This desire to preserve the past crossed confessional boundaries—John Dee had pushed (in vain) for a national library, not so different from Parker’s, to be created under Catholic Mary with “great and speedy diligence” (John Dee’s Library Catalogue, 194). To compile books—whether in a book or a library—demonstrated early modern scholars’ faith in Pliny’s maxim, “no book so bad,” whatever its age, aesthetics, or ideology.
Among the many things this blog is not is an early modern reference book. And yet I hope that we can curate information in such a way as to preserve voices from the past and discover new ones in the field of intellectual history as we, too, sift through the sources of the past, and trace the meaning of old debates into the present.
4 replies on “What Does Early Modern Bibliography Have To Do with a Blog?”
One of the many agreeable qualities of some of those early modern information impresarios was their willingness–even eagerness–to collect texts with which they thoroughly disagreed. Often they did so in the service of polemic. But sometimes they were looking for common ground. There’s a meme in wide circulation, according to which reading on line tends to narrow our vision of the world, since we consult sites with which we know we’re in sympathy–instead of confronting the spectrum of opinions that appear on the op-ed page of a traditional newspaper. One way to disprove this rule is to build sites in the cosmopolitan spirit of Gesner or, even more, Hugo Blotius of Vienna. The blogs that have meant most to me–Invisible Adjunct and Obsidian Wings, for example, and USIH more recently–have always hosted varied voices and fostered civil disagreement. Here too, it looks as if the Republic of Letters will live on, in a new digital form.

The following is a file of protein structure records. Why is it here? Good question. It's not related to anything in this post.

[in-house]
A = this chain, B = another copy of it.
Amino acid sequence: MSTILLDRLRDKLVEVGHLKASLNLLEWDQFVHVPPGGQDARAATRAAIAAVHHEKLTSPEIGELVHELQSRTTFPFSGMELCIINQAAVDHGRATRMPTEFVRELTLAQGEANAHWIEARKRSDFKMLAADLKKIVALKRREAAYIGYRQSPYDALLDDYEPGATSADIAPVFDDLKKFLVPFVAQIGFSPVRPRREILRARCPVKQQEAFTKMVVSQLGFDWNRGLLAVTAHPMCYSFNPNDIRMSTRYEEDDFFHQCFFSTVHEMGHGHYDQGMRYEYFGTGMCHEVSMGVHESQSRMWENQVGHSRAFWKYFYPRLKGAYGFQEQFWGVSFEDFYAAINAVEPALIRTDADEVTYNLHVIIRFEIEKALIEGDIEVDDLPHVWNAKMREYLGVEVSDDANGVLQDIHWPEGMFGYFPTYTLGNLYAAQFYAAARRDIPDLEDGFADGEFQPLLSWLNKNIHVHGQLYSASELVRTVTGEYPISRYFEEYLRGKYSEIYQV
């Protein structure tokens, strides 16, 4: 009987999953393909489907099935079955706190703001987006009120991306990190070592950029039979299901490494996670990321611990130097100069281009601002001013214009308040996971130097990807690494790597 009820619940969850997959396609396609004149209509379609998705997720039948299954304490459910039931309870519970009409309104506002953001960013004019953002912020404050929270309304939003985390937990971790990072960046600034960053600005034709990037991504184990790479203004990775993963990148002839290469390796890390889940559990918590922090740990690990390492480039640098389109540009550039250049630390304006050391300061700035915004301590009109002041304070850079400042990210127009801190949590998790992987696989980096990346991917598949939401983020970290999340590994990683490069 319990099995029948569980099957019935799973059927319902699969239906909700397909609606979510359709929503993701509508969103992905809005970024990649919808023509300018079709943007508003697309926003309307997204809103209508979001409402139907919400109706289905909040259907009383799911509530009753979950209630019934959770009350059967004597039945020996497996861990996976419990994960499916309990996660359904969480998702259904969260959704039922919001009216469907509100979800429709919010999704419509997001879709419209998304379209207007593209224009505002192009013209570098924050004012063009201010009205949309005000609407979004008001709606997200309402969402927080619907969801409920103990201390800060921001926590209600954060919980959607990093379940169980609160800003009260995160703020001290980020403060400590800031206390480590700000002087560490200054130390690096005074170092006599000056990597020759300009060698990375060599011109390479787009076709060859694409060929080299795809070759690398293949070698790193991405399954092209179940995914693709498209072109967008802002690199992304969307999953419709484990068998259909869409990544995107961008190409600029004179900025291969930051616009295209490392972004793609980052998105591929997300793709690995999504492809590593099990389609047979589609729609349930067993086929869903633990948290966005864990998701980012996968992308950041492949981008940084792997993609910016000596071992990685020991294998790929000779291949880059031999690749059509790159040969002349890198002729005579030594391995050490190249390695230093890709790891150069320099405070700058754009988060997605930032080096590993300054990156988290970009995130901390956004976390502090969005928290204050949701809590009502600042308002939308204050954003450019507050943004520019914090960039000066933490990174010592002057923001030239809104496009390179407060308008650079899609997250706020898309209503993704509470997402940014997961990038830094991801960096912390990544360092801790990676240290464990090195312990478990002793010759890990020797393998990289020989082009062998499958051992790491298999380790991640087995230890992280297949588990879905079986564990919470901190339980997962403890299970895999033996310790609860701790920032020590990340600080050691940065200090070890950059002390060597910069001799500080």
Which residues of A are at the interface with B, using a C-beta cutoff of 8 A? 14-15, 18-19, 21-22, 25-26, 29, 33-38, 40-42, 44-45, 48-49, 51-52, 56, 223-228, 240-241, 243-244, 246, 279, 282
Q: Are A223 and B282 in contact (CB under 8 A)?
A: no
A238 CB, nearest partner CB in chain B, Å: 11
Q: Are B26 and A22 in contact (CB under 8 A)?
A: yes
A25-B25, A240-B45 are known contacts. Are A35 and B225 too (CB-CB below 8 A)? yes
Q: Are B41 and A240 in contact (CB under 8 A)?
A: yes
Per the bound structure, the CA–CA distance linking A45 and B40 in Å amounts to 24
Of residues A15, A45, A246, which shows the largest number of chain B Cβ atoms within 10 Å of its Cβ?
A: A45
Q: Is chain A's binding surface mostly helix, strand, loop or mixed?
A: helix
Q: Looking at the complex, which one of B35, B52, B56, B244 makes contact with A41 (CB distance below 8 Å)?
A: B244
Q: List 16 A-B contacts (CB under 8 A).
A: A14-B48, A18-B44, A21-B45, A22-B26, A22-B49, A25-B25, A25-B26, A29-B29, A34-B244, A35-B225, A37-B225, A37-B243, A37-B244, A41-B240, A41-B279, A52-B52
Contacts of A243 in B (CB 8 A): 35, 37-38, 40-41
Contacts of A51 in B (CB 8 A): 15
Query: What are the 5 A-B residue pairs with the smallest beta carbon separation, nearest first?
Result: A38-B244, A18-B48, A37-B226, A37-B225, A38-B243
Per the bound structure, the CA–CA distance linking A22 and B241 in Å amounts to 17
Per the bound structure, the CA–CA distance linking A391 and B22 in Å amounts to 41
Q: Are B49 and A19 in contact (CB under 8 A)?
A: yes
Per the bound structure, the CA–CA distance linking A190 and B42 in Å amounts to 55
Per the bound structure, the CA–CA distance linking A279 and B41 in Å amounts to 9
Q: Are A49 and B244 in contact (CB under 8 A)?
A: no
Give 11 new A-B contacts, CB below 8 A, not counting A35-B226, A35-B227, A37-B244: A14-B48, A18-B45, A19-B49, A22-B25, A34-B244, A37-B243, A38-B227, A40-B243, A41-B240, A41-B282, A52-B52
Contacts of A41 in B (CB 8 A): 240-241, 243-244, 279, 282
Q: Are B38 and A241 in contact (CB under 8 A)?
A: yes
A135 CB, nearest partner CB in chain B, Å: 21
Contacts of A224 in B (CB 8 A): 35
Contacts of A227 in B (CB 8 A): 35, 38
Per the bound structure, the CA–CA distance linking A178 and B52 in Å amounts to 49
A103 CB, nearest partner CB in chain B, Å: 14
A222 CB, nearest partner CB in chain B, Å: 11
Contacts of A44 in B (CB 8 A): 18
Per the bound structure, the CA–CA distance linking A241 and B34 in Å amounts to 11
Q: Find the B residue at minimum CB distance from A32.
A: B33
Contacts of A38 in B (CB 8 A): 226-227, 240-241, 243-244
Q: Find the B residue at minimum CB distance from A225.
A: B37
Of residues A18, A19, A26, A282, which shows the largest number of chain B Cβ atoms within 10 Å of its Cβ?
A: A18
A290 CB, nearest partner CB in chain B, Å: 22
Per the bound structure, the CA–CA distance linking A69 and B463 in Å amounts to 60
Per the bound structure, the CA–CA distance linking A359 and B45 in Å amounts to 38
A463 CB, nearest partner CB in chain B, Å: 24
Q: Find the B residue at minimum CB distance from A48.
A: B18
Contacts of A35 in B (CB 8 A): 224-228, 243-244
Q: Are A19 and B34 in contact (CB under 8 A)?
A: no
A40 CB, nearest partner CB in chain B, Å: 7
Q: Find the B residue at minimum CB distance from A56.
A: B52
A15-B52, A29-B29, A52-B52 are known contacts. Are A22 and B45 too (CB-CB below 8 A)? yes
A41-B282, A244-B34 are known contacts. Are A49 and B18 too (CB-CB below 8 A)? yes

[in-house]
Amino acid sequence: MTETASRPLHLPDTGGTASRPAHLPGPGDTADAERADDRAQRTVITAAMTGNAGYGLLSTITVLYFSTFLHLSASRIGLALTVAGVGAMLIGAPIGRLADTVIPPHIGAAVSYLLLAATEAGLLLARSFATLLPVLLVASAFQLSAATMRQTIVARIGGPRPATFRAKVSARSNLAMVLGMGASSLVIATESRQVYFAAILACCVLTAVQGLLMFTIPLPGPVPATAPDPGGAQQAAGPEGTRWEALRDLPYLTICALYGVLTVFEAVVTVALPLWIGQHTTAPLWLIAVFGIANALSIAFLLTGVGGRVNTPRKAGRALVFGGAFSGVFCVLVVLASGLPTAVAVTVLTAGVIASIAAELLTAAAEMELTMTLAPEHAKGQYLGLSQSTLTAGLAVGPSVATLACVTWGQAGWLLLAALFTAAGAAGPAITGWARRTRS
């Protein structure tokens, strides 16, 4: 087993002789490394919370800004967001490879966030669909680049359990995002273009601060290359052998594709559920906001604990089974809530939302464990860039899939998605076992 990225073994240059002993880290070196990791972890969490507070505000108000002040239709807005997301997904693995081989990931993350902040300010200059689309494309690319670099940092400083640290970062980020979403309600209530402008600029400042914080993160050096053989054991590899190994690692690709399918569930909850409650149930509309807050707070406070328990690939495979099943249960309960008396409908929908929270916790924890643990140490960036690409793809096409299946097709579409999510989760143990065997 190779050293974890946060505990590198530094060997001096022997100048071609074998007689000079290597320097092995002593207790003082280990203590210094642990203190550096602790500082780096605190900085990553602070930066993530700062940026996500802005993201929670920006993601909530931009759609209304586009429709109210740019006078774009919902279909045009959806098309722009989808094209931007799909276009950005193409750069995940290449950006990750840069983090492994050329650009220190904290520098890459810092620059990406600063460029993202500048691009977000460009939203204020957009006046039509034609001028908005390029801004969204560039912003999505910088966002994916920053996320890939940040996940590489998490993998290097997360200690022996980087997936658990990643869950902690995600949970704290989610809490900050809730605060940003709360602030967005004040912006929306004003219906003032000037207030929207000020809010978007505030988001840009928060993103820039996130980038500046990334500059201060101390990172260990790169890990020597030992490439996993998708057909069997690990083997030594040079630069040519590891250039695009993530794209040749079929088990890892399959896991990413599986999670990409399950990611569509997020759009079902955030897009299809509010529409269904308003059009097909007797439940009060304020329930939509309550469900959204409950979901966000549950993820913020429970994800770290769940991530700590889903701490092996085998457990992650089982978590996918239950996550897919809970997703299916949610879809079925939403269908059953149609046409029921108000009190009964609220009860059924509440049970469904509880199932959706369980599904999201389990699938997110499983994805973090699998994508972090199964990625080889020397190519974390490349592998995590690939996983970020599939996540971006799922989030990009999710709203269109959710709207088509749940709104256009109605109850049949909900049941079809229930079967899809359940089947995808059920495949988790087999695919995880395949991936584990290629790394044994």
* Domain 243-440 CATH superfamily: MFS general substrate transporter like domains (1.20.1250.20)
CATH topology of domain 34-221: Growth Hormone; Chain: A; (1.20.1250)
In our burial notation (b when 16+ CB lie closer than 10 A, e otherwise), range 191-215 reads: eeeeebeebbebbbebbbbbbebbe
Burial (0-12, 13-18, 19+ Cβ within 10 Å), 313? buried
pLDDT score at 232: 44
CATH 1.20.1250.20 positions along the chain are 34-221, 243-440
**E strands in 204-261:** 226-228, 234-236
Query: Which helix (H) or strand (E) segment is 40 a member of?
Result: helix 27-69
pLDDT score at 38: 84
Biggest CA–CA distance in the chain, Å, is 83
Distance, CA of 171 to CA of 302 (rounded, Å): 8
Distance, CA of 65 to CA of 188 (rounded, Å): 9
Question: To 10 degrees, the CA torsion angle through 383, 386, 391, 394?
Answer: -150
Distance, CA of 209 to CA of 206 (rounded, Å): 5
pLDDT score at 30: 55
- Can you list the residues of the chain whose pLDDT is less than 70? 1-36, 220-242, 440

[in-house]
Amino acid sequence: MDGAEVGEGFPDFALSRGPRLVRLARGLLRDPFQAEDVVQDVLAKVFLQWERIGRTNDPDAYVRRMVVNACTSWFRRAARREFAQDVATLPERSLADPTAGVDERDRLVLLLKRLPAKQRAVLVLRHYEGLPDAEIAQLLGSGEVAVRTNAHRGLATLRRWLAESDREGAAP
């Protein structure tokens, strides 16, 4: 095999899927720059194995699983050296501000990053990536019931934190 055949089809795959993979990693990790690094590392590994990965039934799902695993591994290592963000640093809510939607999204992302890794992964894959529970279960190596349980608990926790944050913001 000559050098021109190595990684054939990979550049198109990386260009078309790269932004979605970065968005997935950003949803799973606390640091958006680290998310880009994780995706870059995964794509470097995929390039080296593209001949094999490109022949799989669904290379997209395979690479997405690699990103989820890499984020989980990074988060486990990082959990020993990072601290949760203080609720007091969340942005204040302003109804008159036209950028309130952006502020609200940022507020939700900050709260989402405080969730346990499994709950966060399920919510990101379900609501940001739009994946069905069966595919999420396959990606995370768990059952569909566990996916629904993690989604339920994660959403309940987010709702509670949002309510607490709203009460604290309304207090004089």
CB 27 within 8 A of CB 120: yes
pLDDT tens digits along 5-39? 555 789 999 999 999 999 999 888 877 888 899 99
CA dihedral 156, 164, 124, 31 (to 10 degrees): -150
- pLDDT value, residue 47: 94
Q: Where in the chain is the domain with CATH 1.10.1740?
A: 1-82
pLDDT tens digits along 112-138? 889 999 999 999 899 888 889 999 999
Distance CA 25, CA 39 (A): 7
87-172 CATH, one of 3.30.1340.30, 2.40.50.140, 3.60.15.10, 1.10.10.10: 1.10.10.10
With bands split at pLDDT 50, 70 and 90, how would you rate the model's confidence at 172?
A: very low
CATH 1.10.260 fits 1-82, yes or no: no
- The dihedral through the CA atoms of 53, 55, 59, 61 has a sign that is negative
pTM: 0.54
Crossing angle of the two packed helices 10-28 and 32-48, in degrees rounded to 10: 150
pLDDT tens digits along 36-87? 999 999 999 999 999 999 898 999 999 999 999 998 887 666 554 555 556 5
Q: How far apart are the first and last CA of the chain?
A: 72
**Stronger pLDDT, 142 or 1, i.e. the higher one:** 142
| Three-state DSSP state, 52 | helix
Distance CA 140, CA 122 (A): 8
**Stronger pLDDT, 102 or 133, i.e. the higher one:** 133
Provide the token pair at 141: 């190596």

Tony, many thanks for your comment (the first on JHI Blog!). I couldn’t agree more. I began thinking with Gesner because I liked how he was aware of and allowed for changes in literary tastes and politics over time and space. That inclusive approach seems central to intellectual history, even if we cannot be as exhaustive!
Agreed, Maddy: Gesner is very good to think with. And he’s not alone. A truly vast range of knowledge–one that extended from antiquity to modernity–characterized major intellectual historians as late as the generation of my teachers and mentors–Momigliano, of course, but also Donald Kelley and my Chicago teacher Hanna Holborn Gray. Given the vast proliferation of scholarship on every corner of the past, we can’t hope to match their range. But like Gesner, they stand as ideals whom we can admire and imitate from a distance. As Castigione says, “just as when many archers shoot at a target and none hit the very mark, surely he that comes nearest to it is better than the rest.”